Mitchison is a profoundly incisive and able writer. Her prose is restrained but accomplished, and, however important her message, she never hectors (not something, perhaps, we can always say of that Tokien fellow). She is aware of her chosen mode, and the focus of Travel Light is always its story. There are moments of gore and pain and devastating emotion, but Mitchison’s enviable skill is to paint these with an economy and plainness that communicates the depth of horror or joy in a scene without labouring the point or boring the reader more interested in the next episode of action. This is a fairytale first and foremost; its intelligence is ever-present but always understated, and the reader immediately warms to this commendable lack of self-importance. Take this delightful quote from Uggi, Halla’s dragon guardian, when Halla asks him where he got the Princess of the Spice Lands’ scarf:
“The Princess of the Spice Lands was offered to my cousin by the populace. It was a very suitable and acceptable idea on their part. Unfortunately, there was a hero sent to interfere with everybody’s best interests. In the result the princess—and the hero—perished. My poor cousin had a nasty jag over one eye. He gave me the scarf in exchange for a duplicate bracelet I had acquired. Yes, yes.” (p.5)
Travel Light is a gently subversive book. Unlike many works of fiction for children, it steadfastly refuses to insult the intelligence of its reader, instead assuming that he or she can cope with difficult and uncomfortable ideas. Thus, the worldly priesthood comes in for some serious criticism, along with the rest of organised religion (one character’s take on the succession of Saint Peter— “can milk stay good that is left too long in the bowl?” (p.61)), whilst the moral certitude of the average fairytale is entirely jettisoned. This is a book in which the term ‘hero’ is used pejoratively, simply to signify a person who makes their living from killing and murder. The truth changes based on where we are, and the hero is always killing someone with a family and friends. Halla is terrified by them, because they are by and large convinced they are doing right … and in that way almost always do harm. After all, “no princess was ever asked whether she wanted to be rescued and carried off by a dragon-slayer.” (pg. 11)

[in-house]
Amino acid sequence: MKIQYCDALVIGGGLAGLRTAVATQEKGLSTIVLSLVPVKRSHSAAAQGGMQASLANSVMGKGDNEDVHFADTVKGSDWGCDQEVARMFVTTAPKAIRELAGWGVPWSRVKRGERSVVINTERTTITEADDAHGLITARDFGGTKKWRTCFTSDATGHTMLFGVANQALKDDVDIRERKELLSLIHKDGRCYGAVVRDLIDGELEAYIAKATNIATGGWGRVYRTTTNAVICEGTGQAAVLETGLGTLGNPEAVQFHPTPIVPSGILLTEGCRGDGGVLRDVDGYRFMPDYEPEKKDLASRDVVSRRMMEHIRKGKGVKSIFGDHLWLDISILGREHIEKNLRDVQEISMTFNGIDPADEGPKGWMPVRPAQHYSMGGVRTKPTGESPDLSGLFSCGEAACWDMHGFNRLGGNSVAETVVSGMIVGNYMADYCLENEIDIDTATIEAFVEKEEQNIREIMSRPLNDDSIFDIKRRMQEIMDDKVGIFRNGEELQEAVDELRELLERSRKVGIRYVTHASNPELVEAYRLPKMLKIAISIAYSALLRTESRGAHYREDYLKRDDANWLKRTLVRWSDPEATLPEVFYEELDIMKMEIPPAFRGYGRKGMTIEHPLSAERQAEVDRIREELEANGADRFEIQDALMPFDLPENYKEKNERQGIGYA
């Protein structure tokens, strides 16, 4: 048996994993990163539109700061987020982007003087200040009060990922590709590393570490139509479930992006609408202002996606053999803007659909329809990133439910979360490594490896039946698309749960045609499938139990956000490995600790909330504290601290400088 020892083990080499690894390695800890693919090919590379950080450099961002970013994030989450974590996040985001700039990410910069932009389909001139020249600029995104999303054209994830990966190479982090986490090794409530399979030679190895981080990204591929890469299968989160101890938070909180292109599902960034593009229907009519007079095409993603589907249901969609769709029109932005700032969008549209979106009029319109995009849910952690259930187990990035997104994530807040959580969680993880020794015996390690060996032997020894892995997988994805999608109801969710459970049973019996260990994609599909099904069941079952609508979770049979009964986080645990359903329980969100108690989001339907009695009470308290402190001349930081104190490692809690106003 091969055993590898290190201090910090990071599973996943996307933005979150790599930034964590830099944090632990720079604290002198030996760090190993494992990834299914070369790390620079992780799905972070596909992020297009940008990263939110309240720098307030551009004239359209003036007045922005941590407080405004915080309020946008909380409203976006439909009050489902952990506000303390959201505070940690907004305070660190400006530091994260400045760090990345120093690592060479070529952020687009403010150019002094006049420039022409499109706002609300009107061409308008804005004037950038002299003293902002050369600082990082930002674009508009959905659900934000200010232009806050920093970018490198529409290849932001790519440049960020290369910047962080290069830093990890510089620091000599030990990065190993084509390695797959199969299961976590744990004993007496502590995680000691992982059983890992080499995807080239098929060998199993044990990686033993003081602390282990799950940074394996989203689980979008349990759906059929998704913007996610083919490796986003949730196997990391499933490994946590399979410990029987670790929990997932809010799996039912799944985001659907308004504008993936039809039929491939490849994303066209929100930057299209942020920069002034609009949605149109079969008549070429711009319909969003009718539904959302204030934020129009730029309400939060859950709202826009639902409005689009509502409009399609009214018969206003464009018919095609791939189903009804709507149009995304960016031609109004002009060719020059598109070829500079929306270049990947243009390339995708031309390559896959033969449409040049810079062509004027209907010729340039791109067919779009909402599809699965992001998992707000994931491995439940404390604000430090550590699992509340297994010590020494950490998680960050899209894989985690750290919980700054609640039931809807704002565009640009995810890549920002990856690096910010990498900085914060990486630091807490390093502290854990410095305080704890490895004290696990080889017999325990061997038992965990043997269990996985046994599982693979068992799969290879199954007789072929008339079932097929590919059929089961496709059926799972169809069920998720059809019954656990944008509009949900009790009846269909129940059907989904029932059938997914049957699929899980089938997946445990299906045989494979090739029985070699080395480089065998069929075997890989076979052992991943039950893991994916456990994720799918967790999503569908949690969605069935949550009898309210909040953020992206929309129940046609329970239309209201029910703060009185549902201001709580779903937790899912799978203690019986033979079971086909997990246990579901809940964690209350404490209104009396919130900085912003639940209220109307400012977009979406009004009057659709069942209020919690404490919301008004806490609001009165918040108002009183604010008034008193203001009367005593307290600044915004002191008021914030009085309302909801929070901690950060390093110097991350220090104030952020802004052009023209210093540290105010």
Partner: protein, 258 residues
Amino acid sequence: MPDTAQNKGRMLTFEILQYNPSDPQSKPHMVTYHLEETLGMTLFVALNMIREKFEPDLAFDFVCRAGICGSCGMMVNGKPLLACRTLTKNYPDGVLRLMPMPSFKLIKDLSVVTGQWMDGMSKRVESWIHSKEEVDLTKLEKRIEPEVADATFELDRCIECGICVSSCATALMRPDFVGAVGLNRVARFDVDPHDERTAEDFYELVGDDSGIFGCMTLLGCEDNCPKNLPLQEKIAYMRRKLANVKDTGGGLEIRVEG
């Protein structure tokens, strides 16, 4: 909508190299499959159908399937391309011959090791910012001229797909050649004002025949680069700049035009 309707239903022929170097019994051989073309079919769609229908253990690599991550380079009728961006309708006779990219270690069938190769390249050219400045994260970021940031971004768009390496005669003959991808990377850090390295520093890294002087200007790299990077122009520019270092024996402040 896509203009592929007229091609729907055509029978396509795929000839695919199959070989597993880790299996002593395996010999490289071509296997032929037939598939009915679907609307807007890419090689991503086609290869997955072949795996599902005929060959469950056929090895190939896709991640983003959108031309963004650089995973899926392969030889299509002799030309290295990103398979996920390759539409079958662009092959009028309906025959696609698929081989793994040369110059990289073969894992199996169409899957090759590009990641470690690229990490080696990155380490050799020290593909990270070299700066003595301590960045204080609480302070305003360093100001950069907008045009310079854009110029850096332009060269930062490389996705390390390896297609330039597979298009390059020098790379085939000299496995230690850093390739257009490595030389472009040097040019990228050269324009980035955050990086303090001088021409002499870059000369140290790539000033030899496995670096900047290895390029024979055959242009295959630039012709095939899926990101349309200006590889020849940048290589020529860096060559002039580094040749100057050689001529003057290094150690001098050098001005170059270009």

Nevertheless, belief is not derided in Travel Light. Rather, it is seen as important to our identity and self-worth, but not something that we should hold onto too blindly, for fear of disillusionment or worse. Even time is fluid in this book—Halla is still more or less a child by its end, and yet many more years than that have passed—and so its relativism becomes a practical method for living, rather than an apologist’s get-out clause. In short, Travel Light teaches its young readers respect, understanding, and tolerance, and it does so lightly and without self-righteousness.
This is a gem of a book, with memorable characters, a wonderful narrative thread, and the sort of questioning intelligence that is often woefully missing from children’s literature. Mitchison and her complex, accessible tale demands a modern audience, and will surely find fans in readers of Philip Pullman and any writer who engages as they entertain. If a child asked me for a story, this is now the one I would take from the shelf. But secretly, I’d be reading it to myself.
A new generation of blurb-writers needs to get scribbling.
Dan Hartland is a freelance creative thinker figuring out what to think. A writer and musician of the inverted commas variety, he splits his time equally between these two things and procrastination. He comes to science fiction from outside the genre, and is a little too happy to remain a gadfly.